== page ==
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|Regions with significant populations|
|Northern Ireland||873,464|
|Republic of Ireland||27,234|
|Ulster English, Ulster Scots|
(mostly Presbyterianism, Anglicanism, and Methodism)
|Related ethnic groups|
|Ulster Scots, Irish people, Scottish people, English people|
Ulster Protestants are an ethnoreligious group in the Irish province of Ulster, where they make up about half the population. Many Ulster Protestants are descendants of the Protestant settlers involved in the early 17th century Ulster Plantation, which introduced the first significant numbers of Protestants into the west and centre of the province. These settlers were mostly Lowland Scottish and Northern English people and predominantly from Galloway, the Scottish Borders and Northumberland.
Begun privately in 1606, the Plantation of Ulster became government-sponsored in 1609, with much land for settlement being allocated to the Livery Companies of the City of London. Colonising Ulster with loyal Scottish and English settlers, the vast majority of whom were Protestants, was seen by the ministers of King James as a way to prevent further rebellion in the province, which had been the region of Ireland most resistant to English control during the preceding century. By 1622 there was a total settler population of about 19,000, and by the 1630s somewhere between 50,000 and as many as 80,000. Ulster Protestants descend from a variety of lineages, including Scots (some of whose descendants consider themselves Ulster Scots), English, Irish, and Huguenots. Another influx of an estimated 20,000 Scottish Protestants, mainly to the coastal counties of Antrim, Down and Londonderry, was a result of the seven ill years of famines in Scotland in the 1690s. This migration decisively changed the population of Ulster, giving it a Protestant majority. While Presbyterians of Scottish descent and origin had already become the majority of Ulster Protestants by the 1660s, when Protestants still made up only a third of the population, they had become an absolute majority in the province by the 1720s.
Divisions between Ulster's Protestants and Irish Catholics have played a major role in the history of Ulster from the 17th century to the present day, especially during the Plantation, the Cromwellian conquest, the Williamite War, the revolutionary period, and the Troubles. Most Ulster Protestants are Presbyterian or Anglican; Scottish colonists were mostly Presbyterian and the English mostly members of the Church of England. Repression of Presbyterians by Anglicans (who followed the Church of Ireland state religion) intensified after the Glorious Revolution, especially after the Test Act of 1703, and was one reason for heavy onward emigration to North America by Ulster Presbyterians during the 18th century (see Scotch-Irish American). Between 1717 and 1775, an estimated 200,000 migrated to what became the United States of America. Some Presbyterians also returned to Scotland during this period, where the Presbyterian Church of Scotland was the state religion. This repression by Anglicans largely ended after the Irish Rebellion of 1798, with the relaxation of the Penal Laws. As Belfast became industrialised in the 19th century, it attracted yet more Protestant immigrants from Scotland. After the partition of Ireland in 1920, the new government of Northern Ireland launched a campaign to entice Protestants from the Irish Free State to relocate to Northern Ireland, with inducements of state jobs and housing, and large numbers accepted. Because of these migrations, Ulster has a lower proportion of Catholics than the other provinces of Ireland.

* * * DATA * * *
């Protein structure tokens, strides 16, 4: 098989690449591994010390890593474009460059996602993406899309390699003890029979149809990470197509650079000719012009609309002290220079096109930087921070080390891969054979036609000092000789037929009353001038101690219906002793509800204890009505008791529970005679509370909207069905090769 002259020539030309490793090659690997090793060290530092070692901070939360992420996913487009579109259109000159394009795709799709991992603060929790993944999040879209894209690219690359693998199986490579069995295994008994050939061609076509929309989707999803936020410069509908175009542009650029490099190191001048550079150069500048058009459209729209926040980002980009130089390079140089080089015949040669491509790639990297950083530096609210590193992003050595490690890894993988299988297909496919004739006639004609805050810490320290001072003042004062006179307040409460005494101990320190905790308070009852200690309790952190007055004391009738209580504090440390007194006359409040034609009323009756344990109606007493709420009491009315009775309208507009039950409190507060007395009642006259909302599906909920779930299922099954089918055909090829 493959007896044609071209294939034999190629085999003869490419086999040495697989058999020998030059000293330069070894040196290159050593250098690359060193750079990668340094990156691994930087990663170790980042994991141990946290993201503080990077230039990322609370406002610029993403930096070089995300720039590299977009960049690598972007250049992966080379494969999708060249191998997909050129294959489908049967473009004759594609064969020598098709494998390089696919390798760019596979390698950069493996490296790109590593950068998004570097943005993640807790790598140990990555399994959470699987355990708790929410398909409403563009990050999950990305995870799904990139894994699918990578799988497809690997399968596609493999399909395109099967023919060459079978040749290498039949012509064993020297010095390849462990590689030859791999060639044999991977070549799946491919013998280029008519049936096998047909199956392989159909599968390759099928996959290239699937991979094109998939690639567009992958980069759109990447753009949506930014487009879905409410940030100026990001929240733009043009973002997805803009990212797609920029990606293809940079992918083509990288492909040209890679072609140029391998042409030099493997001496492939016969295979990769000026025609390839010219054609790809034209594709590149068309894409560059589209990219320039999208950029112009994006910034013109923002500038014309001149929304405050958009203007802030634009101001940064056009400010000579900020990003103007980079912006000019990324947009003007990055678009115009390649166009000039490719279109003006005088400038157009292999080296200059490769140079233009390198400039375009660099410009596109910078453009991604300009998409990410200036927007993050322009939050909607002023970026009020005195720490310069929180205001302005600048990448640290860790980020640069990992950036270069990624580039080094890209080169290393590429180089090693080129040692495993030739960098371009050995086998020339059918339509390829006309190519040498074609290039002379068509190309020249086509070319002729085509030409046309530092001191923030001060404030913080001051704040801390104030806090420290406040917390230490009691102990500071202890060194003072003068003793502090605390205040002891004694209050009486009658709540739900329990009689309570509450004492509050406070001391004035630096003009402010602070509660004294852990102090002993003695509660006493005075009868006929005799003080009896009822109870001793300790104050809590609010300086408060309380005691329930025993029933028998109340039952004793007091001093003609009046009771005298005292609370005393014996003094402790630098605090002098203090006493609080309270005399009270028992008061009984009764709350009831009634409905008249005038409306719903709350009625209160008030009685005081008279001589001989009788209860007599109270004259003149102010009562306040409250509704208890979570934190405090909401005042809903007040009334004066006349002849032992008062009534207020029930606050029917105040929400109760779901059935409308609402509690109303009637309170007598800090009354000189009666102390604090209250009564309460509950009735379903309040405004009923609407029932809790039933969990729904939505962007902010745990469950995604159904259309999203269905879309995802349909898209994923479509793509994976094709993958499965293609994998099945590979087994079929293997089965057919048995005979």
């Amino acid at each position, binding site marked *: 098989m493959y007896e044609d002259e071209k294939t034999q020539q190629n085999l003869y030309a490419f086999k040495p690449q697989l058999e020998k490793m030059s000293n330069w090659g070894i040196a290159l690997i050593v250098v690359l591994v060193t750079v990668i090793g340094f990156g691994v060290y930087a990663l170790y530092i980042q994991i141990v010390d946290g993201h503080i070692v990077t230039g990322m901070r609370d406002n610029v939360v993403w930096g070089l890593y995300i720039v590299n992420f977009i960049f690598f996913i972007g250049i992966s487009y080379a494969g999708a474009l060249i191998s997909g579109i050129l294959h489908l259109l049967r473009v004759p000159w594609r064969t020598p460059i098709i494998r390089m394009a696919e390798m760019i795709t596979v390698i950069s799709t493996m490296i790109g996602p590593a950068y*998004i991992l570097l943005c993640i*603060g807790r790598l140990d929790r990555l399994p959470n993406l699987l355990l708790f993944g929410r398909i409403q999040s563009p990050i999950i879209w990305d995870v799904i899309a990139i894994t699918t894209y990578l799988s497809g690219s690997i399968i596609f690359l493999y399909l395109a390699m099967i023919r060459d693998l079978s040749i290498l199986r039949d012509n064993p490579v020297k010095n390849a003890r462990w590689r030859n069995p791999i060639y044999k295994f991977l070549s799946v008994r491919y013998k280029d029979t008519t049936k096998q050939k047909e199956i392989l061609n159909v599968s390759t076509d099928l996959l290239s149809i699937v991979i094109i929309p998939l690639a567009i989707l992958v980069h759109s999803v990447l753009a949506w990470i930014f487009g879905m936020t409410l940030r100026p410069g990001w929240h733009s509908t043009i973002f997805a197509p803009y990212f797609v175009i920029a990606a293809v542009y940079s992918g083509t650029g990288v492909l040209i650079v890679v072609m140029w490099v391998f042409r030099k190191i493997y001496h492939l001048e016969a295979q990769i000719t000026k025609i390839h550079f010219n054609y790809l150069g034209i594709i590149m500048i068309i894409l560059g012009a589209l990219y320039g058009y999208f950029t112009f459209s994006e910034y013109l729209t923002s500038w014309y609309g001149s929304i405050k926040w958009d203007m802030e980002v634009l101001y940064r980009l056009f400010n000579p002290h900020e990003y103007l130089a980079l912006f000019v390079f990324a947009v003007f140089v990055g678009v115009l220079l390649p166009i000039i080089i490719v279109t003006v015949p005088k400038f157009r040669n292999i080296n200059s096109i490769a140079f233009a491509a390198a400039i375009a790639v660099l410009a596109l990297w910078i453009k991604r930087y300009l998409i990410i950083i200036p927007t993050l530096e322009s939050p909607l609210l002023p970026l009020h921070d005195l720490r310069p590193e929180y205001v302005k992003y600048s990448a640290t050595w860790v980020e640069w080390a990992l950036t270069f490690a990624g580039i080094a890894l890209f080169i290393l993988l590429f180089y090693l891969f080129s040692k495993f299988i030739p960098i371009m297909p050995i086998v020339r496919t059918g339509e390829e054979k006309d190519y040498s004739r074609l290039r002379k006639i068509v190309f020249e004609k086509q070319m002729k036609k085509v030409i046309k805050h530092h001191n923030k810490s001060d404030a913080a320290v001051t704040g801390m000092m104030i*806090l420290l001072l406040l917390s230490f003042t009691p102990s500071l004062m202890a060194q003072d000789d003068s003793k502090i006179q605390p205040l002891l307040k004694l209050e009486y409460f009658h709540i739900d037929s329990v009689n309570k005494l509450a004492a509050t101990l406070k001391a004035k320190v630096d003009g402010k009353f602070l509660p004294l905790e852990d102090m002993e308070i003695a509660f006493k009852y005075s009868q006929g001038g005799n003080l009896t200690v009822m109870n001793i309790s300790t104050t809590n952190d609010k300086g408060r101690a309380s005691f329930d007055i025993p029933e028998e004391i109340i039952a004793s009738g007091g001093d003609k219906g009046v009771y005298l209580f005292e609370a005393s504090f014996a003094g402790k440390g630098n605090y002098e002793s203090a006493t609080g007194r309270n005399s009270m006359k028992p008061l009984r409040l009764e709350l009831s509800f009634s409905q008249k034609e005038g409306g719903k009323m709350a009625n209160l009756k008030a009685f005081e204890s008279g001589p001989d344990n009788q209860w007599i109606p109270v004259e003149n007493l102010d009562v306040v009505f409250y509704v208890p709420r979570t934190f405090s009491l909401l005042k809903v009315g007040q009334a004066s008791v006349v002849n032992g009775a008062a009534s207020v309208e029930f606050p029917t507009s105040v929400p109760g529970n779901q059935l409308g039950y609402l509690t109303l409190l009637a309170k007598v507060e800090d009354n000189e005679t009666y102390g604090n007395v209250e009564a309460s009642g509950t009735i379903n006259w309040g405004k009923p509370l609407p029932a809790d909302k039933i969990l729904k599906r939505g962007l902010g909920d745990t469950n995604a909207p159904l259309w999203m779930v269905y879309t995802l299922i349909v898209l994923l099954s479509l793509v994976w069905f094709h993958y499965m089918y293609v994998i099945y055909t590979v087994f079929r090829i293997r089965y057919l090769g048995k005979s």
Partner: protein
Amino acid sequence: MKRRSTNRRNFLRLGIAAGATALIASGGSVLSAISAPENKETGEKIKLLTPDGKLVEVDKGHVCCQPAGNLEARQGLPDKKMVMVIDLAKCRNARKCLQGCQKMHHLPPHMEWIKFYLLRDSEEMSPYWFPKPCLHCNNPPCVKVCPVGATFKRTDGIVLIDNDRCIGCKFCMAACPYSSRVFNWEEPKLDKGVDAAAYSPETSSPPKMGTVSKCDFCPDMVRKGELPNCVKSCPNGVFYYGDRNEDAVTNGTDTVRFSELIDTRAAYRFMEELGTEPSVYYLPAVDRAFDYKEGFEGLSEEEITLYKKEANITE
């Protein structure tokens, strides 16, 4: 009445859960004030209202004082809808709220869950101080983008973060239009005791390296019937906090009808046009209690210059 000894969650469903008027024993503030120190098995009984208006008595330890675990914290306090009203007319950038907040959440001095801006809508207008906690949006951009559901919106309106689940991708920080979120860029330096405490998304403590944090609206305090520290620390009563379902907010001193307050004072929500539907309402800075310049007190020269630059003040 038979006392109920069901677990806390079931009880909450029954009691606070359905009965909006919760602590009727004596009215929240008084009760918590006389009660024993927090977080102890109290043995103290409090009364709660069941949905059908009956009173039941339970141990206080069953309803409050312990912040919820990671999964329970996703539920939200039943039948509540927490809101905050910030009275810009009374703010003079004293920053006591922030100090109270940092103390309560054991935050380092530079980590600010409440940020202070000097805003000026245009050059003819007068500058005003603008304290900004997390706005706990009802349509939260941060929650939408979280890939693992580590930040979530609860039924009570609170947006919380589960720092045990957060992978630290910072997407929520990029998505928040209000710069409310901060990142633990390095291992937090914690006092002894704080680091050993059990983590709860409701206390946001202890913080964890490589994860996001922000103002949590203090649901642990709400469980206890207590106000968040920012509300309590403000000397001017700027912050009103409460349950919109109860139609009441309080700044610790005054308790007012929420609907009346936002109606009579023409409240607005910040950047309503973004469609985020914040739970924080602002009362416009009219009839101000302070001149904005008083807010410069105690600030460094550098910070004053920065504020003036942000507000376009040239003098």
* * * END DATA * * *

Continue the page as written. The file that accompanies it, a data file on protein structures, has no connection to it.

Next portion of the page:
The vast majority of Ulster Protestants live in Northern Ireland, which is part of the present-day United Kingdom. Most tend to support its Union with Great Britain, and are thus known as unionists. Unionism is an ideology that (in Ulster) has been divided by some into two camps; Ulster British, who are attached to the United Kingdom and identify primarily as British; and Ulster loyalists, whose politics are primarily ethnic, prioritising their Ulster Protestantism above their British identity. The Loyal Orders, which include the Orange Order, Royal Black Institution and Apprentice Boys of Derry, are exclusively Protestant fraternal organisations which originated in Ulster and still have most of their membership there.
About 3% of Ulster Protestants live in the three counties of Ulster now in the Republic of Ireland, Cavan, Monaghan, and Donegal, where they make up around a fifth of the Republic's Protestant population. Unlike Protestants in the rest of the Republic, some retain a sense of Britishness, and a small number have difficulty identifying with the independent Irish state.
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